Vicki Thornton with son Nelson, 8, who was diagnosed with acute appendicitis during an examination on a floor of Lismore Base H
Vicki Thornton with son Nelson, 8, who was diagnosed with acute appendicitis during an examination on a floor of Lismore Base H

Life saved, but mother floored by treatment

By Alex Easton

THE staff at Lismore Base Hospital saved eight-year-old Nelson Thornton's life; but they had to treat him on the hospital floor to do it.

The Alstonville boy's mother, Vicki, is full of praise for the hospital staff and the way they handled her son's emergency admission on October 18, but says the crowded conditions made the visit feel like a glimpse of the Third World.

Ms Thornton said she and her husband, Andrew, found their son in pain on the morning of October 17.

Mr Thornton took Nelson to the hospital that morning where, after a couple of hours of waiting, he was given a provisional diagnosis of severe constipation or appendicitis and was told to take him home and watch him closely.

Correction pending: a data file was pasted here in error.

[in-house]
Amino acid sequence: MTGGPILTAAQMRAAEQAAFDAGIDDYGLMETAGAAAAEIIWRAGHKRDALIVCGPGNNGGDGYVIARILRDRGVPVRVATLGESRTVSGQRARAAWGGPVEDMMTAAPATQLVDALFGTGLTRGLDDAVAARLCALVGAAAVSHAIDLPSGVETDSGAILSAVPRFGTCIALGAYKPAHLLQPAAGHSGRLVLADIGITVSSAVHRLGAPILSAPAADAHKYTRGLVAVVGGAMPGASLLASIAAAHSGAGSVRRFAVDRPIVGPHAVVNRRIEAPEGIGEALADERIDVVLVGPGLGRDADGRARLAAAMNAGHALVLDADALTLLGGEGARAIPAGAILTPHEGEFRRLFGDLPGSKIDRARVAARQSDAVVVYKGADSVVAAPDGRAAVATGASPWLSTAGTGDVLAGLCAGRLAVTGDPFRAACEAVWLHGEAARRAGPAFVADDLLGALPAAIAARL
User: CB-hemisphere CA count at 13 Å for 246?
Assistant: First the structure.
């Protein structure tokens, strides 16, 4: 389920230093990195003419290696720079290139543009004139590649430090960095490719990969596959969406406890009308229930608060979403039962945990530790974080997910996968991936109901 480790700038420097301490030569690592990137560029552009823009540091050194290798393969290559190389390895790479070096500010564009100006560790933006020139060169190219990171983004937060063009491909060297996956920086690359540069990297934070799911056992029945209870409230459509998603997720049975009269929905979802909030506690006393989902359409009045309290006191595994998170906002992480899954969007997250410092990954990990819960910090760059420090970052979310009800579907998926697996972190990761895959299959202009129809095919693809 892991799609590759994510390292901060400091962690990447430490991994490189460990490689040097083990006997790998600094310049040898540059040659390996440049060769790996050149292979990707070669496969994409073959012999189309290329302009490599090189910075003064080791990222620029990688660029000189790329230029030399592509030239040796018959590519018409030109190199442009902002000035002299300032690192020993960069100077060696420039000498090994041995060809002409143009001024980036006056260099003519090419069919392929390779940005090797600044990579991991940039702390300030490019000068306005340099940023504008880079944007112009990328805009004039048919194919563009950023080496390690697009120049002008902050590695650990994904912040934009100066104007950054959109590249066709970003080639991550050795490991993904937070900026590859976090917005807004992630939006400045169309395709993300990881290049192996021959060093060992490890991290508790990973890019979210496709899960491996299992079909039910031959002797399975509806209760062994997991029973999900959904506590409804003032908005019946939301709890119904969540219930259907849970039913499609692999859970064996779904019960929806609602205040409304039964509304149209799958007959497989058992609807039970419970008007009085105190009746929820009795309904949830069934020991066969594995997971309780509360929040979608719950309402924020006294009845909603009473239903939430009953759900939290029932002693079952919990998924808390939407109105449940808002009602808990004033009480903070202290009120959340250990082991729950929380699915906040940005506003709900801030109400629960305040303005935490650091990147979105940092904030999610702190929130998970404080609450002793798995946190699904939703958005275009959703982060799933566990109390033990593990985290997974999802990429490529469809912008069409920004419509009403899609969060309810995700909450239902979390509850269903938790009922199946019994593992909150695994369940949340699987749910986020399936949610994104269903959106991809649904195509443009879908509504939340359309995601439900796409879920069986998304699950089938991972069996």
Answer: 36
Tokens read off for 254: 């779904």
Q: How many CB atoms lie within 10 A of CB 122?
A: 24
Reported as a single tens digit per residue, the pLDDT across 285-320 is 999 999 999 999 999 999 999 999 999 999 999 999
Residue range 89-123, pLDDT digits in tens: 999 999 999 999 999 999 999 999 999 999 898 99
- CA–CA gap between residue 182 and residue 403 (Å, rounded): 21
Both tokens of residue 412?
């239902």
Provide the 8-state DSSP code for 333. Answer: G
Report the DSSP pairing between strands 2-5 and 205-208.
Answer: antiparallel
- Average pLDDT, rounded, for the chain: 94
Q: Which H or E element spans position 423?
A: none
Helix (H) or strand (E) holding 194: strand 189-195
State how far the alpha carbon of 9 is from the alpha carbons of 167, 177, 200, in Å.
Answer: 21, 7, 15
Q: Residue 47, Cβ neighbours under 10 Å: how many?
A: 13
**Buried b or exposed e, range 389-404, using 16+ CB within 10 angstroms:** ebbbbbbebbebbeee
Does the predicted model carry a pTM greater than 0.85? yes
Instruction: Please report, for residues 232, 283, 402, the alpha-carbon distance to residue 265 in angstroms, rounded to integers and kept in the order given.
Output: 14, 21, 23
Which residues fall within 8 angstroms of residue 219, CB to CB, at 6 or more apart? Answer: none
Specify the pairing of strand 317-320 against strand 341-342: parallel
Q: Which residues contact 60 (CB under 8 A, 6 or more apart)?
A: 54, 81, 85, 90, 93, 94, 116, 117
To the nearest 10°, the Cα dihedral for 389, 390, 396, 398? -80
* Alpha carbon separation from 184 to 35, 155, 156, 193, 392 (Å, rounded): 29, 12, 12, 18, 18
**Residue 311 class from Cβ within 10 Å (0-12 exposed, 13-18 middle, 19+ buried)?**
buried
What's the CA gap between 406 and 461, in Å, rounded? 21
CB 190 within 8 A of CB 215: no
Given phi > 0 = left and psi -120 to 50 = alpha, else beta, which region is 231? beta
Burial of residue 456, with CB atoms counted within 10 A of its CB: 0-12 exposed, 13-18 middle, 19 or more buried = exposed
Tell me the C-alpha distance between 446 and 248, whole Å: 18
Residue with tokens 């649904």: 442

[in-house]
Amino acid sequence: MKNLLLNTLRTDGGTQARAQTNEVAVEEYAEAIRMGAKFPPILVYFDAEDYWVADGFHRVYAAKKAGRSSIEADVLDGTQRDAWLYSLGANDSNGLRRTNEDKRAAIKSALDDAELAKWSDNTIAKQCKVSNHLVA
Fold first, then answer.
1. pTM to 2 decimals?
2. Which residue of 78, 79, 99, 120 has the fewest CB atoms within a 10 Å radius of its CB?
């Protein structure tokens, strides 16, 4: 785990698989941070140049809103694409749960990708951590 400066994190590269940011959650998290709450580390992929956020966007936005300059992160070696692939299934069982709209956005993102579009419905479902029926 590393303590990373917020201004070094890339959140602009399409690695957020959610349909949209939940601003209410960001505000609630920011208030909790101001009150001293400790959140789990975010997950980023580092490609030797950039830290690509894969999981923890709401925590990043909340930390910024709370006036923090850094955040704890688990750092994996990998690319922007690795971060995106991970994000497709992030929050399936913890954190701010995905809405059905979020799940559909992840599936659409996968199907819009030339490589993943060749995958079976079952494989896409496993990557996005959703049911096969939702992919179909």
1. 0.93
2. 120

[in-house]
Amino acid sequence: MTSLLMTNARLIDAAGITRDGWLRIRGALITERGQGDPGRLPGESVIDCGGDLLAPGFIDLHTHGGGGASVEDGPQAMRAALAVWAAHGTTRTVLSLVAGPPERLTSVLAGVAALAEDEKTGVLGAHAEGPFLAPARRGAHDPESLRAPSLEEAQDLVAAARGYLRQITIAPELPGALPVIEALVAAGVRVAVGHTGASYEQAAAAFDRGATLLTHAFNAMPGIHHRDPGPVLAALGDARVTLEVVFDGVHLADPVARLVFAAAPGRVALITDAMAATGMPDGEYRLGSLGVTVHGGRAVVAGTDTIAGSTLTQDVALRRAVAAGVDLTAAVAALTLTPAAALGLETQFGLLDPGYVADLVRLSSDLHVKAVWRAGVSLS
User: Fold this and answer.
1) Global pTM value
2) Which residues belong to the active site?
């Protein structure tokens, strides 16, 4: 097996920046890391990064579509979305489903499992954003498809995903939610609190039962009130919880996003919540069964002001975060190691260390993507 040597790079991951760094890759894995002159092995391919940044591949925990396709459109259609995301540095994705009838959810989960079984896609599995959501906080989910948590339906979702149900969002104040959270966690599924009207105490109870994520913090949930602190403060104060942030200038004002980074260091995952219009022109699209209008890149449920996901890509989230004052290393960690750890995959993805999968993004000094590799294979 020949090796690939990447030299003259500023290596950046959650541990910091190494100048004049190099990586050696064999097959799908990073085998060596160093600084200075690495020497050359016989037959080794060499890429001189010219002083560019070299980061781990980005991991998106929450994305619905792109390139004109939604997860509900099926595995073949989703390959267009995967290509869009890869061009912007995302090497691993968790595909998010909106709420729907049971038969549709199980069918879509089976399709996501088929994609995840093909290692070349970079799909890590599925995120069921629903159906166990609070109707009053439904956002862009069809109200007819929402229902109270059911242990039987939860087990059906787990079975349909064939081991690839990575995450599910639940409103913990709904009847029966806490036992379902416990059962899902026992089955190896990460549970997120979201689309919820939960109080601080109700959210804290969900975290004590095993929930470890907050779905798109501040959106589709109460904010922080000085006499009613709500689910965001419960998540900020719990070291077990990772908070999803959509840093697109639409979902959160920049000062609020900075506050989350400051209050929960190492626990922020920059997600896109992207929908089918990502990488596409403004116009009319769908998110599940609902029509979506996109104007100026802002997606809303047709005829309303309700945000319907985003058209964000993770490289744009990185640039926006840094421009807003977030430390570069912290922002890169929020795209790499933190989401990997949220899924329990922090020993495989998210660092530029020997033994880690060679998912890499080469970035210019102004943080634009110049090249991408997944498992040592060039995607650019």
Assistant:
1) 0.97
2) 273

Ms Thornton returned with Nelson the following afternoon; but this time the crowding was worse.

"The doctor said she didn't have a bed to examine him on, but did I mind if she examined him on the floor," Ms Thornton said. "I did mind, but I wanted him examined.

"So much for not living in a Third World country." Ms Thornton said she and Nelson found the experience distressing and the doctor was clearly embarrassed.

"She was just really professional in really the most unprofessional circumstances, Ms Thornton said."

The doctor diagnosed Nelson with acute appendicitis his appendix was close to rupturing and immediately paged general surgeon Austin Curtin who operated on him Nelson is now home and recovering nicely; but Ms Thornton said she feared what might have happened to another of her children under the same circumstances.

One of her children suffered an allergic condition known as anaphylaxis along with chronic eczema, and could not be safely laid on a hospital floor without a risk of picking up some other illness.

Base Hospital general manager Deb Podbury said an empty resuscitation bed had been available when Nelson arrived, but it was reserved for 'higher category' cases.

The examining doctor was acting in Nelson's best interests, but realised 'the decision may not have been ideal'.



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